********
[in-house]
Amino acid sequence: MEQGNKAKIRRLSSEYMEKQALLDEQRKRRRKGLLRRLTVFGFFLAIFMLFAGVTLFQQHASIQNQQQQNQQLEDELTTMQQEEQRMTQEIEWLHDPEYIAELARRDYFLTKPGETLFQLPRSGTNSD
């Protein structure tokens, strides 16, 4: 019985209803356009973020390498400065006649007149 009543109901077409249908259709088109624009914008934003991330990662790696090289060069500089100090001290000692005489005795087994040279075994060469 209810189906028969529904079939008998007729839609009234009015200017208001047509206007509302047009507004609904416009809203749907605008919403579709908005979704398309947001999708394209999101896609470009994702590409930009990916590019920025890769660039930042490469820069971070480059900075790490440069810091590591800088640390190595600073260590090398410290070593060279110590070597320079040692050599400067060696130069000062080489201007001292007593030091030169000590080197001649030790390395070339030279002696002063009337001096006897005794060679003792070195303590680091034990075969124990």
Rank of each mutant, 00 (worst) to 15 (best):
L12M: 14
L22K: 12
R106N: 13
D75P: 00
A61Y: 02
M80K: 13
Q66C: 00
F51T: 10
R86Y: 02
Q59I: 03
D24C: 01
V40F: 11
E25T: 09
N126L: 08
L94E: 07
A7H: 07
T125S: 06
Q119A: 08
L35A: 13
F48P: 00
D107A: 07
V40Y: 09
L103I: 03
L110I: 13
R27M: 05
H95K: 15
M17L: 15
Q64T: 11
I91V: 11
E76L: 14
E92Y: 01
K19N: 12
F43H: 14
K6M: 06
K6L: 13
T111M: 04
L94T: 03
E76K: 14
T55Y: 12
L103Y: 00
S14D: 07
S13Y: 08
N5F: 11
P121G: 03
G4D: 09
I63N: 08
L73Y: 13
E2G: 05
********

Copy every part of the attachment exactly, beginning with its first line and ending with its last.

[in-house]
Amino acid sequence: MEQGNKAKIRRLSSEYMEKQALLDEQRKRRRKGLLRRLTVFGFFLAIFMLFAGVTLFQQHASIQNQQQQNQQLEDELTTMQQEEQRMTQEIEWLHDPEYIAELARRDYFLTKPGETLFQLPRSGTNSD
């Protein structure tokens, strides 16, 4: 019985209803356009973020390498400065006649007149 009543109901077409249908259709088109624009914008934003991330990662790696090289060069500089100090001290000692005489005795087994040279075994060469 209810189906028969529904079939008998007729839609009234009015200017208001047509206007509302047009507004609904416009809203749907605008919403579709908005979704398309947001999708394209999101896609470009994702590409930009990916590019920025890769660039930042490469820069971070480059900075790490440069810091590591800088640390190595600073260590090398410290070593060279110590070597320079040692050599400067060696130069000062080489201007001292007593030091030169000590080197001649030790390395070339030279002696002063009337001096006897005794060679003792070195303590680091034990075969124990």
Rank of each mutant, 00 (worst) to 15 (best):
L12M: 14
L22K: 12
R106N: 13
D75P: 00
A61Y: 02
M80K: 13
Q66C: 00
F51T: 10
R86Y: 02
Q59I: 03
D24C: 01
V40F: 11
E25T: 09
N126L: 08
L94E: 07
A7H: 07
T125S: 06
Q119A: 08
L35A: 13
F48P: 00
D107A: 07
V40Y: 09
L103I: 03
L110I: 13
R27M: 05
H95K: 15
M17L: 15
Q64T: 11
I91V: 11
E76L: 14
E92Y: 01
K19N: 12
F43H: 14
K6M: 06
K6L: 13
T111M: 04
L94T: 03
E76K: 14
T55Y: 12
L103Y: 00
S14D: 07
S13Y: 08
N5F: 11
P121G: 03
G4D: 09
I63N: 08
L73Y: 13
E2G: 05